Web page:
“Look, Mom, there’s our neighbor!” I exclaimed as Mom backed our car out of the driveway.
“Yes, I’ve seen him sitting outside his house the last couple of days.”
I smiled and waved as we drove by. Mom waved, too.
He reminds me of Grandpa, I thought. “What’s his name?” I asked. “He looks like a nice man.”
“I don’t know. We’ve been here almost a year, but I’ve never met him.”
The next day as we got into the car to go to the grocery store, I noticed him again, sitting in his lawn chair under a big shade tree.
I called out, “Hi,” and waved. He smiled and slowly raised his arm to wave back.
“Would it be OK if I went over and met him sometime?” I asked Mom. “He looks like a nice man.”
“Sure,” she said. “Next time we see him, we’ll both go.”
Later that day, we saw him sitting in his chair again. “Hi,” I called, skipping across front yards. “My name is Kellie, and this is my mom.”
He stood up carefully and held out his hand. “It’s a pleasure to meet you both. I’m Arthur Dunbar.”
“We live in that house over there,” I told him, pointing.
“Yes, I’ve seen you,” he said with a friendly smile.
“How are you doing?” Mom asked.
“Just a little slower than usual,” he replied. “Ever since my stroke, I haven’t been allowed to drive or go to work.” He looked down at his hands. “I get restless being housebound, so I like to sit outside in the shade—but I expect to be up and around again soon.”
“I have a new ring,” I said, holding out my hand. “I got it for my birthday.”
“That’s a very pretty ring,” he said, “and you’re as cute as a bug. How old are you, Miss Kellie?”
“I’m four years old.”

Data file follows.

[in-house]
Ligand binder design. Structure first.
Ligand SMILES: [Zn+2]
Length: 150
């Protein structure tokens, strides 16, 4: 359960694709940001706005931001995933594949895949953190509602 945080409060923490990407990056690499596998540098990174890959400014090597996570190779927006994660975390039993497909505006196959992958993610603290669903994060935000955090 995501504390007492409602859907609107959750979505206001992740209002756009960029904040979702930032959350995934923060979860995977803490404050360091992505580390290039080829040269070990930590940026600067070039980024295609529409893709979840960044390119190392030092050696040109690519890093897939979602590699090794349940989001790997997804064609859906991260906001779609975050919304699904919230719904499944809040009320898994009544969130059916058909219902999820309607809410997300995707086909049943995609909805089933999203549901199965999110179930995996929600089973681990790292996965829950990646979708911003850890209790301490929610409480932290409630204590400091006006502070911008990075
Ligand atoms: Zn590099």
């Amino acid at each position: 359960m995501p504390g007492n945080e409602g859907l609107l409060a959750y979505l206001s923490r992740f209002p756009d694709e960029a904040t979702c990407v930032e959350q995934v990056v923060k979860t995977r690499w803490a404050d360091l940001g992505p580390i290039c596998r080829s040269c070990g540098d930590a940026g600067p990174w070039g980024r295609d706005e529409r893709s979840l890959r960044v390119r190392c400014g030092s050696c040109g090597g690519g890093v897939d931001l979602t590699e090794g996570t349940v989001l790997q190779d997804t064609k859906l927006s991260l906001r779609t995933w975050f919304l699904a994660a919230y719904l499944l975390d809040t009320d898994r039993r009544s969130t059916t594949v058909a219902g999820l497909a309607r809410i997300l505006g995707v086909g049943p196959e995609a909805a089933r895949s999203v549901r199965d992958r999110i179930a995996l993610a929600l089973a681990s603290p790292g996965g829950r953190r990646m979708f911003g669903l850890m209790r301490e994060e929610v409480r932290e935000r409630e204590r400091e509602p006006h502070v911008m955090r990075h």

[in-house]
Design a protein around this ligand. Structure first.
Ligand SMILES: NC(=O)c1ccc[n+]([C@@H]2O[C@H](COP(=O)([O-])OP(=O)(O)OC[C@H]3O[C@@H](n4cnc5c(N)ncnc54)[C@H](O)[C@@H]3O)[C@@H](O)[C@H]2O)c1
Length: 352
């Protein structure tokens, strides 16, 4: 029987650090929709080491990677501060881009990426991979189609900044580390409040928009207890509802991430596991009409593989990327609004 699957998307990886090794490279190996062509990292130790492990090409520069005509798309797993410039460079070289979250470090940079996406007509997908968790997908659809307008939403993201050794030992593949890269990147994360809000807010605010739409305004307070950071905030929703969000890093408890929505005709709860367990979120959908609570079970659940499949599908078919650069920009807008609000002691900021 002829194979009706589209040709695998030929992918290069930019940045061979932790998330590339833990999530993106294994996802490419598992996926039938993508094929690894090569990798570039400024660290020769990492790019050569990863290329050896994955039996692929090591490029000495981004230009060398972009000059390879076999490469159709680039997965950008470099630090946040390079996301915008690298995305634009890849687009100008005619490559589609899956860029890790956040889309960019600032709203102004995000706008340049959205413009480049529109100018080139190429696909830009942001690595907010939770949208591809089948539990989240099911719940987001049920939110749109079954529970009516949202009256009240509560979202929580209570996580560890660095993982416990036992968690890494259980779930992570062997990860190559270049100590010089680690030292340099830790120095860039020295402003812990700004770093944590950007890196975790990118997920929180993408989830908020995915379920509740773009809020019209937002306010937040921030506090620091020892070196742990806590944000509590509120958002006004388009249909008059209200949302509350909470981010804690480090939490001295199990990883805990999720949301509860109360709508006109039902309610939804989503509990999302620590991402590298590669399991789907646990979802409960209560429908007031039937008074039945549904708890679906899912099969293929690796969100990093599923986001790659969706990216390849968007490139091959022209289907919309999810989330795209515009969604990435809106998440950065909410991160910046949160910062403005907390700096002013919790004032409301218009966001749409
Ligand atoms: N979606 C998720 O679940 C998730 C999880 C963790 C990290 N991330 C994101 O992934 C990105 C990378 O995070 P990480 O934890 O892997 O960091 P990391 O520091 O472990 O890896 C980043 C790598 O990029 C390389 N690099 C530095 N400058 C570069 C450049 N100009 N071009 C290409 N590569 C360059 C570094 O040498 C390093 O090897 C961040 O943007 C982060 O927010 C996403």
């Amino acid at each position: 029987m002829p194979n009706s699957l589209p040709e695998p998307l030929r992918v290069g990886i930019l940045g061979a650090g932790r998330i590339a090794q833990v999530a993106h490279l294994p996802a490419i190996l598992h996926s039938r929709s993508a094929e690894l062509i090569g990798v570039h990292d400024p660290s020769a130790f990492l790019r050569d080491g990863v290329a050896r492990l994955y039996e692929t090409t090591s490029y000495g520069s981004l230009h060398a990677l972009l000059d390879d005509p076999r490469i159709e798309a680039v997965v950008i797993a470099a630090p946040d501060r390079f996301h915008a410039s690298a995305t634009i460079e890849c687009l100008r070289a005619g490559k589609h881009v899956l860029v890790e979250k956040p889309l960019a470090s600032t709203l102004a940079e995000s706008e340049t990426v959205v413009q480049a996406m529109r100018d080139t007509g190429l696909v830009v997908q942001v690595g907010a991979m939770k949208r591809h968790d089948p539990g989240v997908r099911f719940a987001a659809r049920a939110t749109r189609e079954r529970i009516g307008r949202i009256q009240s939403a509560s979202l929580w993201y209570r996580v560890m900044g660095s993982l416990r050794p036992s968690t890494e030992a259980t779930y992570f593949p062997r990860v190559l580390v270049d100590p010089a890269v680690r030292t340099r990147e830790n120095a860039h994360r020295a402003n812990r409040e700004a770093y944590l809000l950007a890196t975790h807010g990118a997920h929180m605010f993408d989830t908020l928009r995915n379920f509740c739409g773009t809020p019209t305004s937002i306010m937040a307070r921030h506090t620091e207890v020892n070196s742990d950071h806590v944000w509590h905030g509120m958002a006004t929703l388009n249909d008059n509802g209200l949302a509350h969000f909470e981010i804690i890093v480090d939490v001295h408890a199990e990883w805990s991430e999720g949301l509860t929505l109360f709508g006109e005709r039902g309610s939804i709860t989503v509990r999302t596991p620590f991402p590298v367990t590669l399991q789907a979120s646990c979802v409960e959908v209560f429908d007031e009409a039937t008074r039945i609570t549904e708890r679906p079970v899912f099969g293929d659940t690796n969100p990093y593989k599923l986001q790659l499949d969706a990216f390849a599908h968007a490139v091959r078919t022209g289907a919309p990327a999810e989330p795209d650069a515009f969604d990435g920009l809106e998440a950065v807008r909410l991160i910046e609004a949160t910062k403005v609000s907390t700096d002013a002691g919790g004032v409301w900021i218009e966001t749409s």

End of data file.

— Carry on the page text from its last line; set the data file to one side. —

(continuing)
“A very grown-up four-year-old, right?” Mr. Dunbar asked, smiling.
“Yes,” Mom agreed, also smiling. “We’d better go now and let Mr. Dunbar rest.”
“I’ll come see you tomorrow, OK?” I asked. Mr. Dunbar looked at Mom. Both nodded, and we said good-bye.
Mr. Dunbar and I quickly became friends. When my cousin sent me a postcard, I ran across the yard and asked him to read it to me. When I found a beautiful rock in his flower bed, I brought it to his porch and let him feel its smooth edges. Later, he’d sometimes go to the store with Mom and me. I invited him to my soccer game, and when I played good defense, I could hear him cheering louder than anyone else.
One Sunday as we came home from church, he was sitting in his chair. I jumped out of the car to show him my outfit.
“Well, young lady, where have you been, dressed up so pretty?” he asked.
“Church,” I said, twirling around. As I twirled, I bumped into Dad, who had followed me.
“Hi, Peter,” Mr. Dunbar said. “I see you take your family to church.”
“Yes sir.” Dad looked down at me and grinned, then reached to shake Mr. Dunbar’s hand. “Would you like a ride to church sometime?”
“I’d like that,” Mr. Dunbar said after a pause.
“What church do you go to?” Dad asked.
Mr. Dunbar ran his fingers through his gray hair. “Well, what church do you all attend?”
“The Church of Jesus Christ of Latter-day Saints,” I volunteered.
“Your church would be fine.” He smiled.
I took another spin in my new dress, adding a little jump. “We leave pretty early in the morning,” I told him.
“That’s all right, Miss Kellie,” he said. “I like to get up early and watch the sunrise.”
Mr. Dunbar had a great time at our ward. I introduced him to my friends and told him to go with my dad to classes. Soon after, he came to our house to listen to the missionaries. He said he felt peaceful when he heard the gospel. He decided to be baptized.
At the baptism, one of the speakers said that Brother Dunbar was joining the Church because I had been a good missionary. I was surprised. I hadn’t visited Mr. Dunbar to teach him about Jesus Christ. I just wanted him to be happy. Later, our stake president told me that being a good friend is a big part of being a missionary.
I’m glad that Brother Dunbar is now a member of the Church, and I’m glad to know that even a little child like me can help Heavenly Father—just by being a friend. Mom and Dad and I are still close friends with Brother Dunbar. We always will be.